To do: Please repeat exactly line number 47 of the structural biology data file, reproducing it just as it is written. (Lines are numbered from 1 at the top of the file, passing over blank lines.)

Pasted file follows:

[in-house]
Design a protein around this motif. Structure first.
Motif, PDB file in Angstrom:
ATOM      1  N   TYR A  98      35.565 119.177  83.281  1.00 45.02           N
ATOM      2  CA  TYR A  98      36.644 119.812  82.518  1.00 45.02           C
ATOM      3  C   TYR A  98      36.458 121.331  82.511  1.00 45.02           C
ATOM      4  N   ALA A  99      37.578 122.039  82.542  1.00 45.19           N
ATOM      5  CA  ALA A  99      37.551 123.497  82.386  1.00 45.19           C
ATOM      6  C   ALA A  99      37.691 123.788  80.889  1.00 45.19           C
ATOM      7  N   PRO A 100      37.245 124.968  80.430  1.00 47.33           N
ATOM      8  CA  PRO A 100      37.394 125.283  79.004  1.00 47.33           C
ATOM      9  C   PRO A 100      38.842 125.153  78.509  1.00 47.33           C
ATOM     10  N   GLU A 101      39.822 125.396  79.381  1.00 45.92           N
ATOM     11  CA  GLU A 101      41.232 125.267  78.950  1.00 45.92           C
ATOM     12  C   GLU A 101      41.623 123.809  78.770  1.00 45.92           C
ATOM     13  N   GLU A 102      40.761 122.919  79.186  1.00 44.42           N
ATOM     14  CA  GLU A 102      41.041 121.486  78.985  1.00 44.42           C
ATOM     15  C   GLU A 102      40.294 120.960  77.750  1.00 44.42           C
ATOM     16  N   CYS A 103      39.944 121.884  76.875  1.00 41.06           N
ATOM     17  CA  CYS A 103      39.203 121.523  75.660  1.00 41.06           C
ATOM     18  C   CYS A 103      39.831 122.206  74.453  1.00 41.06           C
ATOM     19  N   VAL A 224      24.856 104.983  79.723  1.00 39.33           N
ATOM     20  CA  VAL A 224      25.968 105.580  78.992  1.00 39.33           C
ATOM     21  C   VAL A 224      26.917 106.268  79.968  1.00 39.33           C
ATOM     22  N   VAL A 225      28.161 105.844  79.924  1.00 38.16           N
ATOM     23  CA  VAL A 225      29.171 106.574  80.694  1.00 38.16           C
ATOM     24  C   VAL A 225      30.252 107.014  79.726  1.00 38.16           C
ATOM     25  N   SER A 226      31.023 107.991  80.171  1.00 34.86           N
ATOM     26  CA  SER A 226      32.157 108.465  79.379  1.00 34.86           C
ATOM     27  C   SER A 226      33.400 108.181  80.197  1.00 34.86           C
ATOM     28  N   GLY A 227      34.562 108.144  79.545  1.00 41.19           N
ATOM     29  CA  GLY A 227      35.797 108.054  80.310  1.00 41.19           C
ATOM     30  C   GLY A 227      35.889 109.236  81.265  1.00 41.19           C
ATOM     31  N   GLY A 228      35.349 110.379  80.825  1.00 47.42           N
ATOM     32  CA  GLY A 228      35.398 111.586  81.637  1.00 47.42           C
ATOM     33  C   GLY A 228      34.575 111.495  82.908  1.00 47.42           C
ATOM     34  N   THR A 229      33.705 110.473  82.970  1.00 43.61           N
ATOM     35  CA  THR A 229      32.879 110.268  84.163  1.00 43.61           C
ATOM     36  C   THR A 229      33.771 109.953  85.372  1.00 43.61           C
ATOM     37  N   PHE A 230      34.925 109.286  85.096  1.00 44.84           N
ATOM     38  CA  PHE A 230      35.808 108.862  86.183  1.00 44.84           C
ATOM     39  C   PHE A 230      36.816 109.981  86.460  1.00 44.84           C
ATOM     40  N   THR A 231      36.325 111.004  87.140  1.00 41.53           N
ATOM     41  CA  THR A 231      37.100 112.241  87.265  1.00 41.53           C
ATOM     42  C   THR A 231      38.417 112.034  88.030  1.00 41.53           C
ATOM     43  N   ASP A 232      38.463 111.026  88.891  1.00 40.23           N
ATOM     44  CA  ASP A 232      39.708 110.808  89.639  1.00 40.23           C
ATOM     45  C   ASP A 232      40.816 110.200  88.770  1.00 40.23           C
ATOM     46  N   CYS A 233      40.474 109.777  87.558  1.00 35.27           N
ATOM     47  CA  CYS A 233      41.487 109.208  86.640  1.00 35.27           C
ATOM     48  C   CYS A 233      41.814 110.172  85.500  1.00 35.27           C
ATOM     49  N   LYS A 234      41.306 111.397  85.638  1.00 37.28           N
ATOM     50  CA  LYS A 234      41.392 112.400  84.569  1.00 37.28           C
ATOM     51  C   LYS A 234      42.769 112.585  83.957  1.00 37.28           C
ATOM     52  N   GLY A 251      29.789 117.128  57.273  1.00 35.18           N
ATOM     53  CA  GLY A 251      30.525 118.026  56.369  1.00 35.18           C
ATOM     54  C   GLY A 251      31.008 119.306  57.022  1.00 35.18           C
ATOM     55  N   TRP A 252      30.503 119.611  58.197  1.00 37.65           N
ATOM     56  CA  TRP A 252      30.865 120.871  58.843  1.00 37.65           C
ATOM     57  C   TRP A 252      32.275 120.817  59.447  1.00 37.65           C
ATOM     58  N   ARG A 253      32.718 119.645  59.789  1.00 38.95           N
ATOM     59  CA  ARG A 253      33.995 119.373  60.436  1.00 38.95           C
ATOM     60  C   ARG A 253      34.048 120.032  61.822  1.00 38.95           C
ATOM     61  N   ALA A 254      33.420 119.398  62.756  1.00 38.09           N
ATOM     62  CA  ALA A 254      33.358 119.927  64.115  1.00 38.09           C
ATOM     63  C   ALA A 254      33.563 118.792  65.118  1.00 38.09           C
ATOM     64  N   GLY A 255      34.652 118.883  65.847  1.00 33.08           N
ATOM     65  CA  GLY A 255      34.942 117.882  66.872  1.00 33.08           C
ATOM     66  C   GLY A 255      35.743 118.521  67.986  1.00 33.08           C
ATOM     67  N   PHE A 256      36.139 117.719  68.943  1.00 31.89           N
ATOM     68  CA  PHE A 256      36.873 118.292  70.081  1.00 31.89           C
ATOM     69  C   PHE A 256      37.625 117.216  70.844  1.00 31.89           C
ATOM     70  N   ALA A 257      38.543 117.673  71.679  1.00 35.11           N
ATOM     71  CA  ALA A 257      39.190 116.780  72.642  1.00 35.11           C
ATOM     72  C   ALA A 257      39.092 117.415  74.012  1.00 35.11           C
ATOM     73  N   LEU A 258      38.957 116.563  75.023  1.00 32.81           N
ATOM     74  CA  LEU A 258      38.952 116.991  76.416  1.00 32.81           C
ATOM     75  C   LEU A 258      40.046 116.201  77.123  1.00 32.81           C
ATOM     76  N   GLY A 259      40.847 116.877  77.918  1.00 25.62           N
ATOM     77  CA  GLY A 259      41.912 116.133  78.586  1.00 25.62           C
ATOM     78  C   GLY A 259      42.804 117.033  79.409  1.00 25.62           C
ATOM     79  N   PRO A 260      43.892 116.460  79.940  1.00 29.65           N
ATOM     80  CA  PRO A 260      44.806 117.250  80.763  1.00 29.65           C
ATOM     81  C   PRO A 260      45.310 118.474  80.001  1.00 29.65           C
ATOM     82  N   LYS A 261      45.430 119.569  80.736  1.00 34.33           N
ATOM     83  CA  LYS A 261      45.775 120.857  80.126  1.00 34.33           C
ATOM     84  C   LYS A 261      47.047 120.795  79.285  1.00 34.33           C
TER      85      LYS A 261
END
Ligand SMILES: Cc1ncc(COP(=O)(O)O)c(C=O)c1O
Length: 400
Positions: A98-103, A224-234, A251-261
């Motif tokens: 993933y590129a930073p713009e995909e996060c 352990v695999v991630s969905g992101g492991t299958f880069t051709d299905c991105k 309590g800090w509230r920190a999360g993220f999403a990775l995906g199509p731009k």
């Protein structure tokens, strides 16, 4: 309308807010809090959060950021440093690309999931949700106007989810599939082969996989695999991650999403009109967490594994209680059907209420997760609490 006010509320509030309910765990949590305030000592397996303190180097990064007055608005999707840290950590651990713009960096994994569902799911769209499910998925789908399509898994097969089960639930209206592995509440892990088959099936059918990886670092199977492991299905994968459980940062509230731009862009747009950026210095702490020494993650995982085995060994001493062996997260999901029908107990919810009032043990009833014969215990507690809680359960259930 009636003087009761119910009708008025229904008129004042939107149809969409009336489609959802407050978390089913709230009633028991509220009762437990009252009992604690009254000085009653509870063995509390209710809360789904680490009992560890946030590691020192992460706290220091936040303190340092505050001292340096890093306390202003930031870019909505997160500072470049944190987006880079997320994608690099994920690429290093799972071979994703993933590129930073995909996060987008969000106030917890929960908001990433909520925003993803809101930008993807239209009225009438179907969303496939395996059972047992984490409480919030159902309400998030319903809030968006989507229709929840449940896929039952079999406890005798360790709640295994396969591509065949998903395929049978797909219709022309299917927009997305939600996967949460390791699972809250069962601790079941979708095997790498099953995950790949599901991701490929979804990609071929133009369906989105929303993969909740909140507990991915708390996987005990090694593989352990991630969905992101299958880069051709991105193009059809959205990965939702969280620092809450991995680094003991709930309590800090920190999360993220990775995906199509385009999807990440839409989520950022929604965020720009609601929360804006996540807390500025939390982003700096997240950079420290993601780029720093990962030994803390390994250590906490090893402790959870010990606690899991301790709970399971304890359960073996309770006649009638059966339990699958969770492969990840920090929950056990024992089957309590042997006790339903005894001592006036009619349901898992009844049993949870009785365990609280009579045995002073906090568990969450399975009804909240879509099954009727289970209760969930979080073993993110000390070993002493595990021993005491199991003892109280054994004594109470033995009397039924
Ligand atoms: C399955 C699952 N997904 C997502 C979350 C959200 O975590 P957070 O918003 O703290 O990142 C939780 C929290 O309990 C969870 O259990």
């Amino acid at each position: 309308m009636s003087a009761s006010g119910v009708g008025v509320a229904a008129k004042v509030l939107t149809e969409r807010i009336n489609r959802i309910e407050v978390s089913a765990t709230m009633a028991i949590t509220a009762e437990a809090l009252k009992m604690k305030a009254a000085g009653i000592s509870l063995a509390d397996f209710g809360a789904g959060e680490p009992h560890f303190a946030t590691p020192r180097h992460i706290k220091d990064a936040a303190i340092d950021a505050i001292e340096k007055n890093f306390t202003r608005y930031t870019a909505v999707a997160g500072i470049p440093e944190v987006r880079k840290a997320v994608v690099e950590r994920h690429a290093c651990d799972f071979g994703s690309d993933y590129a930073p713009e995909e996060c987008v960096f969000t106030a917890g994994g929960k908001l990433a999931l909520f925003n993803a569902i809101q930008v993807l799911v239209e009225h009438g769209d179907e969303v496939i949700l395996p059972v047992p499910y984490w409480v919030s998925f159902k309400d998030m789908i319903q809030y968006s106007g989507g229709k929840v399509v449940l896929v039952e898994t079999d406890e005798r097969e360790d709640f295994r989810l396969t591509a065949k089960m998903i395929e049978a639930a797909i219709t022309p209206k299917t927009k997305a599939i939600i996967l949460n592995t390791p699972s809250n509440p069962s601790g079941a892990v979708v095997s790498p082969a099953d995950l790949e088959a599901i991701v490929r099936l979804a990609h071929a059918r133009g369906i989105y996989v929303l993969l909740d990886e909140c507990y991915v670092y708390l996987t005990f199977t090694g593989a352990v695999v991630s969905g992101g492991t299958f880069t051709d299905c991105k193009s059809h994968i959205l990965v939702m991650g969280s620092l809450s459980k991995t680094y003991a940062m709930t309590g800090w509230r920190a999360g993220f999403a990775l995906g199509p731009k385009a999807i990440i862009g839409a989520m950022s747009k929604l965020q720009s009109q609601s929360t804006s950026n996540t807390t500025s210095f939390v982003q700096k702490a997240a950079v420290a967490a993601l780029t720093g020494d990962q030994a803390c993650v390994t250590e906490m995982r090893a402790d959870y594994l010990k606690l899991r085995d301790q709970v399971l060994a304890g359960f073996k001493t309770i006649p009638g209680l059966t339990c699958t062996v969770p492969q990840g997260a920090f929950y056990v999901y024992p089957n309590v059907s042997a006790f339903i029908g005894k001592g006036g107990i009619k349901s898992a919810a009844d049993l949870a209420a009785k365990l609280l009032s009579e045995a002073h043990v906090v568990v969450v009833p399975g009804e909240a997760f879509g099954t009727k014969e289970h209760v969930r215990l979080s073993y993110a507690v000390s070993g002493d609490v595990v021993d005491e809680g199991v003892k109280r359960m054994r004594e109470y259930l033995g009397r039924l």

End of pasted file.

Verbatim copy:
ATOM     44  CA  ASP A 232      39.708 110.808  89.639  1.00 40.23           C